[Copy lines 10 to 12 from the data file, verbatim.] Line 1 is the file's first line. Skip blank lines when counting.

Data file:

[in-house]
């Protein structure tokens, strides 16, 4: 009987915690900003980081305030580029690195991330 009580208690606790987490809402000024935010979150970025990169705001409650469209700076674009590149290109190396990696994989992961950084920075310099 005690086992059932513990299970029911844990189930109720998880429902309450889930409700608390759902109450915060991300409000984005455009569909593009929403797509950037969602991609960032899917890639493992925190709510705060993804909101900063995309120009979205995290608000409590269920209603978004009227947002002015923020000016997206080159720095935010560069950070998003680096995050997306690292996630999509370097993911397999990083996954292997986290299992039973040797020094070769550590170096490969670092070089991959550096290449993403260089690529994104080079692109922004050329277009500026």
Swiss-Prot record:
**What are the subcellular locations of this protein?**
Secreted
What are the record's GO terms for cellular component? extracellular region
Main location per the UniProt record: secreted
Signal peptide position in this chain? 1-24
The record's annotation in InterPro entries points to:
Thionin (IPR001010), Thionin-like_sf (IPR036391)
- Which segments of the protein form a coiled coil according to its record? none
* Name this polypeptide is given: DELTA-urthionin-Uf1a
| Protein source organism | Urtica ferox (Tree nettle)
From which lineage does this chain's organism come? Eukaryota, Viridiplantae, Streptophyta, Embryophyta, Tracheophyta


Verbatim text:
Thionin (IPR001010), Thionin-like_sf (IPR036391)
- Which segments of the protein form a coiled coil according to its record? none
* Name this polypeptide is given: DELTA-urthionin-Uf1a